Newspaper article The Christian Science Monitor
From Career Diplomat to Future Empress
BY the age of 3, in 1966, Masako Owada was doing what few Japanese dare do: She was becoming international.
Her diplomat father, Hisashi Owada, was posted in Moscow, and his daughter was learning Russian along with Japanese. Two years later, the family was in New York and she was learning English in a suburban public school.
After eight years abroad, she came back to her native Japan in 1971 and entered an elite Roman Catholic school. As an animal-lover, she had dreams of being a veterinarian.
By 1979, her father moved again, this time to Harvard University, while his eldest daughter attended Belmont High School in suburban Boston, where she excelled in softball. She then entered Harvard College, earning a bachelor's degree with magna cum laude honors and writing a thesis on how Japan coped with the two oil shocks. Along the way, she became fluent in French and German.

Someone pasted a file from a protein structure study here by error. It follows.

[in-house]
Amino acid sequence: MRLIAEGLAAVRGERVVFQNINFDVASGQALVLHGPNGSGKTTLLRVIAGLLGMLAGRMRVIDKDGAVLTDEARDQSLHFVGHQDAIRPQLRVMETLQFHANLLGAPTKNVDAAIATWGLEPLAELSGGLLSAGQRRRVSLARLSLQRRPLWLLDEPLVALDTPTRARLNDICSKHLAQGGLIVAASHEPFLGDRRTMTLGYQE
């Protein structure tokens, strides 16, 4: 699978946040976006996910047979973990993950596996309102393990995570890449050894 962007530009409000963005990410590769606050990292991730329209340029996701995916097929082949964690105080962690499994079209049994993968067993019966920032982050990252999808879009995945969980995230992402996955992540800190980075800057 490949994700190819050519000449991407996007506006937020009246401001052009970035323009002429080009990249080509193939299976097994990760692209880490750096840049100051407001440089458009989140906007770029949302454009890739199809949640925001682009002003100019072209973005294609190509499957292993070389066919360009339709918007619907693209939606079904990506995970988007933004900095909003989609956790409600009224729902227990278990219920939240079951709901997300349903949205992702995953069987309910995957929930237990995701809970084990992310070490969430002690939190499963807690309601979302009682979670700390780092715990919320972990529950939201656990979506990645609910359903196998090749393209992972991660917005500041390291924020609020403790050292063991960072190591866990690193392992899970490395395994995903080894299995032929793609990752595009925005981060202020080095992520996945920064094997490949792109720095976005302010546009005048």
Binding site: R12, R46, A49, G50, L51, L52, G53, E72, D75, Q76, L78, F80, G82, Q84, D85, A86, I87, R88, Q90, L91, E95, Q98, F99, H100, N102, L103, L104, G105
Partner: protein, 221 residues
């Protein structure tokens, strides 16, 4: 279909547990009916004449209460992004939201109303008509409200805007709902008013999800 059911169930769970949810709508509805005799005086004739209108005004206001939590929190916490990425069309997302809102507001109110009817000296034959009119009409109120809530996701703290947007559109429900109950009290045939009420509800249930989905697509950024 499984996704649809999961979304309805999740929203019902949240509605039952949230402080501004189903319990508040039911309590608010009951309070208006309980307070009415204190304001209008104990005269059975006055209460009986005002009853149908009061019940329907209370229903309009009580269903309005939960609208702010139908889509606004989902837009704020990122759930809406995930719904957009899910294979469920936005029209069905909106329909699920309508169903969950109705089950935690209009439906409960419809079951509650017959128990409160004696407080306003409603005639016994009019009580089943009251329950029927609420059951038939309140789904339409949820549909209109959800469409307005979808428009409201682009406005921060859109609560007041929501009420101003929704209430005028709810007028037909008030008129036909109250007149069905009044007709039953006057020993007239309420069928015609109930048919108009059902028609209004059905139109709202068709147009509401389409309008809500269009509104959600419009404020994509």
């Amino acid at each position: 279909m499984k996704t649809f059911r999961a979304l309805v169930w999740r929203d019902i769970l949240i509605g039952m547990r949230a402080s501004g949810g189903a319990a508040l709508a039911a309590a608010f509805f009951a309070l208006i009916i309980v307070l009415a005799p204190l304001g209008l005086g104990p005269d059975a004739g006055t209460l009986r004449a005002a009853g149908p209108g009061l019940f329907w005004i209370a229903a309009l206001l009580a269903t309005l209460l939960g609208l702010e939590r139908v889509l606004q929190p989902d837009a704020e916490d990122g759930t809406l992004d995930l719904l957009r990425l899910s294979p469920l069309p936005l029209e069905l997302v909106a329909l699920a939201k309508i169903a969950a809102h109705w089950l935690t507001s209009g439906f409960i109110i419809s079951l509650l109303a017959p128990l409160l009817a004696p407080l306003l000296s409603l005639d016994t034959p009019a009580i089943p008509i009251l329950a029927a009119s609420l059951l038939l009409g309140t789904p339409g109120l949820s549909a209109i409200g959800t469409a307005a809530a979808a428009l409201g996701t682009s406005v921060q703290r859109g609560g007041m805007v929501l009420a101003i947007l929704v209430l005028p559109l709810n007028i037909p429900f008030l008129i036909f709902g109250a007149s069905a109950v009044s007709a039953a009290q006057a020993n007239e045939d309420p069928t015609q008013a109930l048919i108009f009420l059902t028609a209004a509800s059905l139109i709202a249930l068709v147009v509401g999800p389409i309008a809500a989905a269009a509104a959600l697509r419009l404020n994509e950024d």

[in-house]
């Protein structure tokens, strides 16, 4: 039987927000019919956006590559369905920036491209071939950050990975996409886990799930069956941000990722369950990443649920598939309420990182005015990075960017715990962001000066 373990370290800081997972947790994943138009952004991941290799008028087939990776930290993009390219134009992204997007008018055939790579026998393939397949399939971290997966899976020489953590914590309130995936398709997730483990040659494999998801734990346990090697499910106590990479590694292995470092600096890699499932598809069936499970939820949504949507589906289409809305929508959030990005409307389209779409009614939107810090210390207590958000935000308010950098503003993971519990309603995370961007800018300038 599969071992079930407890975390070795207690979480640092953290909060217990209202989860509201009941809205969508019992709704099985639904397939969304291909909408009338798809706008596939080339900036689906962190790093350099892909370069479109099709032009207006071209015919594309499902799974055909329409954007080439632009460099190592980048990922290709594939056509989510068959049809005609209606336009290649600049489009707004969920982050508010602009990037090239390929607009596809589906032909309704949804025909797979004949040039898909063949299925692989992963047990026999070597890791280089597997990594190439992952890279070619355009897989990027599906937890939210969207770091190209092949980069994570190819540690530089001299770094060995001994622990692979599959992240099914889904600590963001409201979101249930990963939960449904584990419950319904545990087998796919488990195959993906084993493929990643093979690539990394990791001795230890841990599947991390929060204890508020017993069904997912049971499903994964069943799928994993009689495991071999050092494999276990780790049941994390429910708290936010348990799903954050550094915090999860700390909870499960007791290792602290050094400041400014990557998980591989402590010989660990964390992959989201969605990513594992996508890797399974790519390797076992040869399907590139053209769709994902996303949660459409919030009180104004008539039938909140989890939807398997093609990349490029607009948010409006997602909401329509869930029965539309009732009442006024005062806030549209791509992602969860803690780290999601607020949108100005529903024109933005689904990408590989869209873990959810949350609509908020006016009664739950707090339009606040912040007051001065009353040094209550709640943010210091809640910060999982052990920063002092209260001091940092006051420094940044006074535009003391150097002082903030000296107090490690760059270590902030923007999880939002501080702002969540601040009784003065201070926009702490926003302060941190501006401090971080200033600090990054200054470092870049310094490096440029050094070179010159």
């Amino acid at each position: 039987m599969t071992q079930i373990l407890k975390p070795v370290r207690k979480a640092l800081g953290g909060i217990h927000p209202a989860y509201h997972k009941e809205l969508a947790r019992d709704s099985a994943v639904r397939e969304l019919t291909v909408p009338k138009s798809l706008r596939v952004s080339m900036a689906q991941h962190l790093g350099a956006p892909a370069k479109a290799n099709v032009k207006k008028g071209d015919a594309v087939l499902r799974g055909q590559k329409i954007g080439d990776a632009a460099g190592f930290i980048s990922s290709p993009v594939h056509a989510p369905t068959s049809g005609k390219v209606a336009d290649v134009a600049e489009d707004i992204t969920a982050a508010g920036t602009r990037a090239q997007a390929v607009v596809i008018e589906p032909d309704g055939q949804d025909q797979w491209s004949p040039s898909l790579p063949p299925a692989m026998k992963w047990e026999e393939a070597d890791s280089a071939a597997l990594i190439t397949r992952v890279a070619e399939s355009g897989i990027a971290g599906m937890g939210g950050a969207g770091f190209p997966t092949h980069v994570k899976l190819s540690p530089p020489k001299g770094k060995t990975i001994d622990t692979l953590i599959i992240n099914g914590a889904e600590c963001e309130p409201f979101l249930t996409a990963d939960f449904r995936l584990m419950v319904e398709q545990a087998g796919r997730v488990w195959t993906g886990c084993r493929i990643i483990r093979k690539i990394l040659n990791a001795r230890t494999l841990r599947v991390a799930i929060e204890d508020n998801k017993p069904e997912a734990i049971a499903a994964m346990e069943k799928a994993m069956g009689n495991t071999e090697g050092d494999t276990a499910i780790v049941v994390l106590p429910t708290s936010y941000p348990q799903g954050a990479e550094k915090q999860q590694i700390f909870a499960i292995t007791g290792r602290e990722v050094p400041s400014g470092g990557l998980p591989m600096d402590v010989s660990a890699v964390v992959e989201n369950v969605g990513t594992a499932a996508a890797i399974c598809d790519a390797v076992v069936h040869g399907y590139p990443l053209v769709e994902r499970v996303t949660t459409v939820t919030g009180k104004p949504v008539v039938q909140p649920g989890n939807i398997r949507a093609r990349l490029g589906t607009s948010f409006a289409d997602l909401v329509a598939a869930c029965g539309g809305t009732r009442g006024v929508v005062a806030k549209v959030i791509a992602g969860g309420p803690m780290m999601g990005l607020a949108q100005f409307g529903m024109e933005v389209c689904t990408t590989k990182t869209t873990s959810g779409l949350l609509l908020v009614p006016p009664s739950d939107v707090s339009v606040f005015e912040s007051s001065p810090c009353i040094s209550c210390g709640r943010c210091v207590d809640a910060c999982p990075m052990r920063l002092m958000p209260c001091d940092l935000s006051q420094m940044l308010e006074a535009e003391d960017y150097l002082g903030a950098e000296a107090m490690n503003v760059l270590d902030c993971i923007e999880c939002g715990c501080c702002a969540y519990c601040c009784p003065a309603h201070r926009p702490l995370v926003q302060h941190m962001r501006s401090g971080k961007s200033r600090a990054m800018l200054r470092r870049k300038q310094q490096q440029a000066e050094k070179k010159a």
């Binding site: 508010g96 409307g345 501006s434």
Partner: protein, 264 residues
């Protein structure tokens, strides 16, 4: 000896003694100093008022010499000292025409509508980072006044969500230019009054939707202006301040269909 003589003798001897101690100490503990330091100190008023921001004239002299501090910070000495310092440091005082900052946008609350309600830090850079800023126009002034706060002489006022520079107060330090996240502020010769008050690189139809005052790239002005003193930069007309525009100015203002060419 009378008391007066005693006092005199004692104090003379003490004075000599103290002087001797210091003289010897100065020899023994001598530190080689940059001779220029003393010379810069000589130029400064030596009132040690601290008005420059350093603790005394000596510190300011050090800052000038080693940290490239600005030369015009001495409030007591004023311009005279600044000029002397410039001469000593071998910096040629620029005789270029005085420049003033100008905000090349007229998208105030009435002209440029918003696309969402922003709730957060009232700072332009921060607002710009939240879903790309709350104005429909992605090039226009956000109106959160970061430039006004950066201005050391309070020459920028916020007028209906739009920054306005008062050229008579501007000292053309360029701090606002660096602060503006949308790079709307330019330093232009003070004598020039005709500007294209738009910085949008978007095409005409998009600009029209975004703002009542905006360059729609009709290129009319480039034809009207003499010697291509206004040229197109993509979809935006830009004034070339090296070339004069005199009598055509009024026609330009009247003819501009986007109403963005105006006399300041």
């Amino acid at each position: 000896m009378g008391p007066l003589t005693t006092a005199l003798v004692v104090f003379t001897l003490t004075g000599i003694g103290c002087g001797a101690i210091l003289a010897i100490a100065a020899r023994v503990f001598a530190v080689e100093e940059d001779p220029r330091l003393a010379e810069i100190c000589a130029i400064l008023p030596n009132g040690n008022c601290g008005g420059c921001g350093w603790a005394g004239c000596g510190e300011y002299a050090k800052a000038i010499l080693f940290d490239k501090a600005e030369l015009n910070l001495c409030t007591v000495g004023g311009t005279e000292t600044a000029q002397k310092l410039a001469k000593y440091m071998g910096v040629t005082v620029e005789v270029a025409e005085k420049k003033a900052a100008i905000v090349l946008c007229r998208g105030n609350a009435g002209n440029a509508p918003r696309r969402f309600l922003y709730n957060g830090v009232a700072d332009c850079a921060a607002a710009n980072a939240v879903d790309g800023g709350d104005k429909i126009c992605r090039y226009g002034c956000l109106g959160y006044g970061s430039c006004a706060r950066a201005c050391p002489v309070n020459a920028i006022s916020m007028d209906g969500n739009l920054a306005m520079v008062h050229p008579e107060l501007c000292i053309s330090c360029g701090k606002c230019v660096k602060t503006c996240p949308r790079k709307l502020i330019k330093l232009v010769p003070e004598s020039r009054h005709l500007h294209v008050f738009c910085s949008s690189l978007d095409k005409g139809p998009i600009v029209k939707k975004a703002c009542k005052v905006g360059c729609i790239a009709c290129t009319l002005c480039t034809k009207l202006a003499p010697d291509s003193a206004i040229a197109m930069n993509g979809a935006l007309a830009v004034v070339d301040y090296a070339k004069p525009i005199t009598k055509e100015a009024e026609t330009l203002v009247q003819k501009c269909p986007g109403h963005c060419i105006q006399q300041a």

After returning to Tokyo in 1985, she decided that she had missed out on some Japanese culture, especially that deemed necessary for women, so she studied cooking, the tea ceremony, and flower arranging.
After studying law at Tokyo University for a few months, she decided to take the foreign-service exam. She wanted to follow in her father's footsteps.
With her international background and elite education, she had no problem passing the difficult test and was soon a rising star in the foreign ministry. …